Heber City Council discussed an idling ordinance last week. The council ultimately decided to wait on an ordinance in favor of an education campaign to raise awareness.
At the Heber City Council retreat in January, an idling ordinance was discussed by council members. Heber City Police Chief Dave Booth brought options for idling ordinances to the city council at their February 4th meeting. He said he modeled policies after ones applied in neighboring municipality Park City.
Booth asked the council to consider options including if the city should create code policing idling on just public property or public and private property.
Booth clarified that even if the council passed the private property option, police officers would not be citing citizens for warming their cars at their homes in the winter, only on private property that’s accessible by the public.
“So, a home is a little different in the sense that the public doesn’t regularly access your home, but the public does regularly access The Smiths parking lot, the Lee’s parking lot, the Walmart parking lot,” Booth explained. “So, that would fall into that private property because it is owned by the business. The proposal that we have here doesn’t so much say Hey we’re going to be coming on to your yard and your driveway. Really, it’s more of what are we concerned about with Walmart, Smiths, Lees, Zions, Mountain America, etc. etc.”
Additionally, the ordinance would require three warnings before an actual citation was issued. Booth noted that to give a seatbelt citation in Utah officers have to have recorded evidence of a warning being issued, Booth said that requirement drastically lowers citations given, while still allowing for education.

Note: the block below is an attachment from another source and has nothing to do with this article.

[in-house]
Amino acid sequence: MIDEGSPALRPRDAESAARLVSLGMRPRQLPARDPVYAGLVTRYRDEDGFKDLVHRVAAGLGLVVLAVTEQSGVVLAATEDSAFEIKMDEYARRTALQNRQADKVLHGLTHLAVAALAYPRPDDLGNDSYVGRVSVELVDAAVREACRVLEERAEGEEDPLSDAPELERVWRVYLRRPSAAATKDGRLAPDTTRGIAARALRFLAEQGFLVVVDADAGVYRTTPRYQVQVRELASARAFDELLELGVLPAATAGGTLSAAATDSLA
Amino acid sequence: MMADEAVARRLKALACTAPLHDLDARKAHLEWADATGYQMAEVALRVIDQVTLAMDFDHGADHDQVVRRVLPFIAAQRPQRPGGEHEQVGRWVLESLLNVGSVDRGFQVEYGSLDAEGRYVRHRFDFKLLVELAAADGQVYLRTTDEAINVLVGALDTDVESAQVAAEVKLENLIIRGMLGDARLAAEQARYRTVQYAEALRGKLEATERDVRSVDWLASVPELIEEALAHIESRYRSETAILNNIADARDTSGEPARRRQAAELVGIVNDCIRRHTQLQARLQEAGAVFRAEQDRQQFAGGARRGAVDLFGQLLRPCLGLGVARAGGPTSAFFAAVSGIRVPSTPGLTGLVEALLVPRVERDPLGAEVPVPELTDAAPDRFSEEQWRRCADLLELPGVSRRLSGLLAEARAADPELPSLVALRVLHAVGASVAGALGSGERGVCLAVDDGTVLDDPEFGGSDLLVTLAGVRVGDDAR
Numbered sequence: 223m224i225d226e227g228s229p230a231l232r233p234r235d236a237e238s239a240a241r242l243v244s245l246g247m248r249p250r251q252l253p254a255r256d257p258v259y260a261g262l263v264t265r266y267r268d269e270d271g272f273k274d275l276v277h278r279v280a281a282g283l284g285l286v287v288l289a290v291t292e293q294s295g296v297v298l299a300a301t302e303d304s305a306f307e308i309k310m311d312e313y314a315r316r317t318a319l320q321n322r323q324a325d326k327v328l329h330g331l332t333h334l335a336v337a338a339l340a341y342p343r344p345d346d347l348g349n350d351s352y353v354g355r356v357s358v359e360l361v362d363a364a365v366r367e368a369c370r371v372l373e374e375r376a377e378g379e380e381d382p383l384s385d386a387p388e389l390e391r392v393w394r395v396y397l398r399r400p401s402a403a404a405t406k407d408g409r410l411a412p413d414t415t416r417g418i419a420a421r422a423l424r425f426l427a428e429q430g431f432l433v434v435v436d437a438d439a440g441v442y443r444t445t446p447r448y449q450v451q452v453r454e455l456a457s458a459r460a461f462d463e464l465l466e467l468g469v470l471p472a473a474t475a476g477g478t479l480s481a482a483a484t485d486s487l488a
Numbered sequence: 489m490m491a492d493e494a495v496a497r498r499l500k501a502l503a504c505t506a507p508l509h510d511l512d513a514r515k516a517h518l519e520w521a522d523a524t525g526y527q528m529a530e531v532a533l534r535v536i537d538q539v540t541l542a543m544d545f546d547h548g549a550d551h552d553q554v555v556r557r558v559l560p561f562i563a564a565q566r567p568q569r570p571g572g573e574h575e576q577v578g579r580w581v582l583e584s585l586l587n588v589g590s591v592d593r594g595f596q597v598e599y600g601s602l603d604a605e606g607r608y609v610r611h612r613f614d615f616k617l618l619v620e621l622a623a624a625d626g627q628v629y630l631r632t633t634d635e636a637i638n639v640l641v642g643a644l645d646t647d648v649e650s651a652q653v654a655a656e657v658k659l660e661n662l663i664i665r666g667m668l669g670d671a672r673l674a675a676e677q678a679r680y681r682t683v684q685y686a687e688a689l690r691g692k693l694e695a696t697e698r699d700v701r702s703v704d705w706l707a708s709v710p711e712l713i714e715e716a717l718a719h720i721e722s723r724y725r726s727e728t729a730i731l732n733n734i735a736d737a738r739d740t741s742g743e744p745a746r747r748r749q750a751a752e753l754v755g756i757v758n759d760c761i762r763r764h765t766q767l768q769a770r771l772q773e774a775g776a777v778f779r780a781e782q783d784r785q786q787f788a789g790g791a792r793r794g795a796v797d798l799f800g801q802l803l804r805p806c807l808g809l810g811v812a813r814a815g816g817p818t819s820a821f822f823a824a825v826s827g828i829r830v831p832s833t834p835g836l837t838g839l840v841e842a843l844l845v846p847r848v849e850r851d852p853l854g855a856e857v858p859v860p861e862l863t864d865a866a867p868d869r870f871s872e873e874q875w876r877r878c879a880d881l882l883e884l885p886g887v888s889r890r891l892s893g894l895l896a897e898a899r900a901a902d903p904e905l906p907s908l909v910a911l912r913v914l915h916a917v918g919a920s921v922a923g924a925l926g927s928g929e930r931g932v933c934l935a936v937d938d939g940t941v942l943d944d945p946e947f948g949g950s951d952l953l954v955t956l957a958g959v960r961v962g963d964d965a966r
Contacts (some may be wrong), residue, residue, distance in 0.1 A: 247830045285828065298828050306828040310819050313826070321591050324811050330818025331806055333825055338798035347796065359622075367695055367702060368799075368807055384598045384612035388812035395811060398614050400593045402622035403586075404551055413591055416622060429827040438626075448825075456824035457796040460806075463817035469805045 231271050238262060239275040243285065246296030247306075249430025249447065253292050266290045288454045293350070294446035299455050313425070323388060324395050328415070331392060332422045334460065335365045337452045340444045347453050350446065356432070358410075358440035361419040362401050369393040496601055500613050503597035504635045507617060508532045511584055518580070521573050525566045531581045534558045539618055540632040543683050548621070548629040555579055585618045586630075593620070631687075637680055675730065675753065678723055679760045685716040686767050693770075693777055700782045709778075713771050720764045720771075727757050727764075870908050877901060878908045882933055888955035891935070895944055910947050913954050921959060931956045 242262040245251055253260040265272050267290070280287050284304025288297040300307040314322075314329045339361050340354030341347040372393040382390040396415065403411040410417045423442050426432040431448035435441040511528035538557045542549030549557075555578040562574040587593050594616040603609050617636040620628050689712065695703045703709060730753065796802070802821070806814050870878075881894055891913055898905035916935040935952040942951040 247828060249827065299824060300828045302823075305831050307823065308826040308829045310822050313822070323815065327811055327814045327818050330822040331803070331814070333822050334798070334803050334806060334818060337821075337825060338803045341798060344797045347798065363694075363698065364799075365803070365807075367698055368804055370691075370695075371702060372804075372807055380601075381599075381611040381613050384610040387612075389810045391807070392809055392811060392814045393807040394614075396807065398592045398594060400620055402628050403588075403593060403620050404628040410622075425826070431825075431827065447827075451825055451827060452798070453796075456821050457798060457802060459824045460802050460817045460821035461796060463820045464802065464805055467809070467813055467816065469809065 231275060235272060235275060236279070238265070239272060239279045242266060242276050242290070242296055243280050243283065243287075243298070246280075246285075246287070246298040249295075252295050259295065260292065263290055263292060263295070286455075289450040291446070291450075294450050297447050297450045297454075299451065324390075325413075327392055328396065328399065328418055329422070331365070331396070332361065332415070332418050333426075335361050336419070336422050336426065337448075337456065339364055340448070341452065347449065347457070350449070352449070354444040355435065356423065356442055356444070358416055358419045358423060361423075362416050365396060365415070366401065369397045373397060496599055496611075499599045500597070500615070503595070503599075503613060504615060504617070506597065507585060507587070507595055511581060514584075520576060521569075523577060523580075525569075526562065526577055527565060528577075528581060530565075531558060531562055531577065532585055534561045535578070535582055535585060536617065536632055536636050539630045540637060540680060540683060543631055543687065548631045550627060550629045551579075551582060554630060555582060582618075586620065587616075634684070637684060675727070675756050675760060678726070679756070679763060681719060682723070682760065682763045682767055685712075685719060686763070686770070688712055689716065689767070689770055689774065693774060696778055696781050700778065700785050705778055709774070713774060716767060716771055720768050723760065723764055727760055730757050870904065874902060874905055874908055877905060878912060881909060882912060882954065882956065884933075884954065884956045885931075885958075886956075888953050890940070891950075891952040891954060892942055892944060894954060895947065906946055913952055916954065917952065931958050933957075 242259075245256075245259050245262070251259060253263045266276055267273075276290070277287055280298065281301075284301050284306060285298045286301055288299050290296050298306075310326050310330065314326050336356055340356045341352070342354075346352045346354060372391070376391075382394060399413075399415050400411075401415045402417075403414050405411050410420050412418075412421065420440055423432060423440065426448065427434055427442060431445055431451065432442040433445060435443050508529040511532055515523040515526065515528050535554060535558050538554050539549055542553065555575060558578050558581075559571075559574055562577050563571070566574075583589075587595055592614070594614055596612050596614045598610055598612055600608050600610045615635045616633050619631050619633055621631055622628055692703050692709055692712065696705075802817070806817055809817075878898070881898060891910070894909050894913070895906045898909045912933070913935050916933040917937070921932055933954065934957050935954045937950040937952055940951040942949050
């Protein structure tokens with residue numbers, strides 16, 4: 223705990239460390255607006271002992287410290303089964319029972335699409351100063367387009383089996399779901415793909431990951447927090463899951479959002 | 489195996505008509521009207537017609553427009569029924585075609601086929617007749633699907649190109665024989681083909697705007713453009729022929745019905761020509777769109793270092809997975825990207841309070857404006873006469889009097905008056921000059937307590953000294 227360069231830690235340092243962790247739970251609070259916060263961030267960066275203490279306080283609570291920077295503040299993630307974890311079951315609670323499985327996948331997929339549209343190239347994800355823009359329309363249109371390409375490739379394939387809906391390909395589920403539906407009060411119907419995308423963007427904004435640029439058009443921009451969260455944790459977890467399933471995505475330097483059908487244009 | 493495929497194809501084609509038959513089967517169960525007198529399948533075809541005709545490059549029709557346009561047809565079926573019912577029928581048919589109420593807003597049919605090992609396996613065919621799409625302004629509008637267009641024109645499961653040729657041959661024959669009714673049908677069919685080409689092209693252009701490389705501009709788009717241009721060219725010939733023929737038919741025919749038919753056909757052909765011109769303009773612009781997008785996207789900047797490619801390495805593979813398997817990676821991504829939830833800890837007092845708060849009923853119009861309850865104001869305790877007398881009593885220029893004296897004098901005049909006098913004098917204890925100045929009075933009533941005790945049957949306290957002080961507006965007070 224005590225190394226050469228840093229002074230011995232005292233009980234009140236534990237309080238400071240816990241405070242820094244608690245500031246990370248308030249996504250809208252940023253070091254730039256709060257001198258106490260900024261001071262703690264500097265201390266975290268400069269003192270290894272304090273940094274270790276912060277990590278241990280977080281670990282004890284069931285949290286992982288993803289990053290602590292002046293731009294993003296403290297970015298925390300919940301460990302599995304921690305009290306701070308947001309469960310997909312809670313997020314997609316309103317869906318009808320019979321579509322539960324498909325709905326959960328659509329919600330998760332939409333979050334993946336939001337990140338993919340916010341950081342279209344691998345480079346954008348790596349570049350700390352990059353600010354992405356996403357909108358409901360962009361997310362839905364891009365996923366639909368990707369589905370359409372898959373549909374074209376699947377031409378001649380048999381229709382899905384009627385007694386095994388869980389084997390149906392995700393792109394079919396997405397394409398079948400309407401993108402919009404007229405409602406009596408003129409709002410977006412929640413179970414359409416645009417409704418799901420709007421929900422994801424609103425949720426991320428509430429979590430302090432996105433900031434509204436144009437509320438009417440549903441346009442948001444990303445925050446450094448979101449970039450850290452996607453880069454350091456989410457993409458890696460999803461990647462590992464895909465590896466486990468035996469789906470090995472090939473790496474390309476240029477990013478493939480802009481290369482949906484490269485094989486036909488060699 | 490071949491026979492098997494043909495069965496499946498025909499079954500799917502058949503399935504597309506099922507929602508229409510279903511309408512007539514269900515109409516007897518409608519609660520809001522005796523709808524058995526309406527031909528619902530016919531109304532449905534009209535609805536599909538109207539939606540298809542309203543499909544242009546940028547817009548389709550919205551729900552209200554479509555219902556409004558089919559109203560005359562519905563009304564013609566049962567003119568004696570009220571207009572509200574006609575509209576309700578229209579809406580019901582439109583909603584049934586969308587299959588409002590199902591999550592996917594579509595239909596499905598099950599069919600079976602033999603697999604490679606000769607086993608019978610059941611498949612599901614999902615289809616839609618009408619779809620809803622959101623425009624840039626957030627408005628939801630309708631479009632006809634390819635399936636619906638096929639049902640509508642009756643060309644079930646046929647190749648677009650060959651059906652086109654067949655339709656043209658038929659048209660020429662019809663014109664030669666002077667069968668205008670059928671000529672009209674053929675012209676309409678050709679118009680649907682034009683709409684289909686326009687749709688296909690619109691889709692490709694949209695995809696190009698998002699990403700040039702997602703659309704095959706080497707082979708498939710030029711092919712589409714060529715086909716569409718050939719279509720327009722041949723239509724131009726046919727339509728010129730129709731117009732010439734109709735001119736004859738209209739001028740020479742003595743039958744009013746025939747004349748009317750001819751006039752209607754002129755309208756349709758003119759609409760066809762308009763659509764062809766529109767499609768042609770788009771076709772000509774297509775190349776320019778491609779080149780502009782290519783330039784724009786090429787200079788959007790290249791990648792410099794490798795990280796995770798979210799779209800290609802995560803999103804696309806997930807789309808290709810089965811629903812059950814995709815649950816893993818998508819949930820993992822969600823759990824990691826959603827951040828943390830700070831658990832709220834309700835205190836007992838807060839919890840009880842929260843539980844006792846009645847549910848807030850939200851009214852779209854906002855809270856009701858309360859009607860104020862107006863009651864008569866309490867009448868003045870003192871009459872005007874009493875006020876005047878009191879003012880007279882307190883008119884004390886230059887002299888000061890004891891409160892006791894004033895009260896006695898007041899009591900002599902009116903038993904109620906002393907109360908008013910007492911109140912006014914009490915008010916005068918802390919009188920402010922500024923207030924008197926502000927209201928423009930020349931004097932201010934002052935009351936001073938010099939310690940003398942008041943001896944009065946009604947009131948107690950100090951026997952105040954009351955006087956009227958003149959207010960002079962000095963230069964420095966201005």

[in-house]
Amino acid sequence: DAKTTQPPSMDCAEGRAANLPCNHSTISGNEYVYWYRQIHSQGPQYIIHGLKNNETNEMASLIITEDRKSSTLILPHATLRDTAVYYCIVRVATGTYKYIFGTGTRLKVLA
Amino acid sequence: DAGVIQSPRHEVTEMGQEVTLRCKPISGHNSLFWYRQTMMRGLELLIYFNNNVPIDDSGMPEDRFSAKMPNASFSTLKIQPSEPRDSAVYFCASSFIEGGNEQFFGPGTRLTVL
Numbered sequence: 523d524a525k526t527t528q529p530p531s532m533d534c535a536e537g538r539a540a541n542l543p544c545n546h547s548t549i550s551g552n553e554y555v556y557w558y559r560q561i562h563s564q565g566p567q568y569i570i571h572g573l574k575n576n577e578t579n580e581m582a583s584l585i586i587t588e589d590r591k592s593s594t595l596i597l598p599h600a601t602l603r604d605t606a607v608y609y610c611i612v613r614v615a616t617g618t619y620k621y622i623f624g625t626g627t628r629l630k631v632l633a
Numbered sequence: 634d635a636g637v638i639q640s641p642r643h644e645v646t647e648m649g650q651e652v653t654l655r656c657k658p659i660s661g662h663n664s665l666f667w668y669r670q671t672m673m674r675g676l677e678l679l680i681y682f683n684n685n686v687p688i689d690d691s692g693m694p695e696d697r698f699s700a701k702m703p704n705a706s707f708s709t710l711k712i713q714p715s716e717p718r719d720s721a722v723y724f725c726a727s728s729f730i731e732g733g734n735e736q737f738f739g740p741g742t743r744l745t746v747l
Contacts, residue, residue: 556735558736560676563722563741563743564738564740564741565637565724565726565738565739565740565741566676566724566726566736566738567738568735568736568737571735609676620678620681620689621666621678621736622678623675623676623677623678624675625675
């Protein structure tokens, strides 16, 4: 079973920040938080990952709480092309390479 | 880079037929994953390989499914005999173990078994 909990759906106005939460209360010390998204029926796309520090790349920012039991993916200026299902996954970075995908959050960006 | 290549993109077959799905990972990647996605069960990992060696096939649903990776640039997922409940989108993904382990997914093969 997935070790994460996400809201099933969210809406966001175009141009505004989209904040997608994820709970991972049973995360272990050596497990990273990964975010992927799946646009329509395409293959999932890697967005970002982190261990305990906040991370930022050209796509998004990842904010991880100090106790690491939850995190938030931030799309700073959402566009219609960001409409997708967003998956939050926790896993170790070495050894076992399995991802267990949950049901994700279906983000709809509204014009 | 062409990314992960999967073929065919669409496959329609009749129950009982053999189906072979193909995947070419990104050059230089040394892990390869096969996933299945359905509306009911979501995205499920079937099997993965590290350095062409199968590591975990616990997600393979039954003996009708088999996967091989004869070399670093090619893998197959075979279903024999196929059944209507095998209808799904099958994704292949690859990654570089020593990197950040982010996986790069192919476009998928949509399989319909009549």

“That’s a pretty big step to get to a citation, bigger than what I thought it was going to be,” Booth said. “So, to put three warnings in place, that really gives us time to do a lot of education. I really see three warnings being pretty far down the road. I look at seat belt and that’s just one warning, and that’s pretty far down the road before they get a ticket.”
Booth said the police department would also be happy to be involved with education efforts.
“We’ve done this a lot,” Booth continued. “We can buy some swag and we can start handing it out and just open up a dialogue. Because we can always walk up—it’s called a level one contact—we can always walk up and say how you doing, we’d sure like you to know about this. We’re not detaining them; we’re not demanding identification. Nothing like that it’s just here you go; we’re doing some education. We’re happy to get involved in that and I think that really would fall really on two groups. Probably our PR group as well as the Police Department, but hopefully we are part of your PR group.”
In discussion, Heber City Council members agreed to forgo an anti-idling ordinance in the immediate future and agreed that their first priority should be an education campaign encouraging greater environmental sustainability generally in the city.
Read the original story at KPCW.org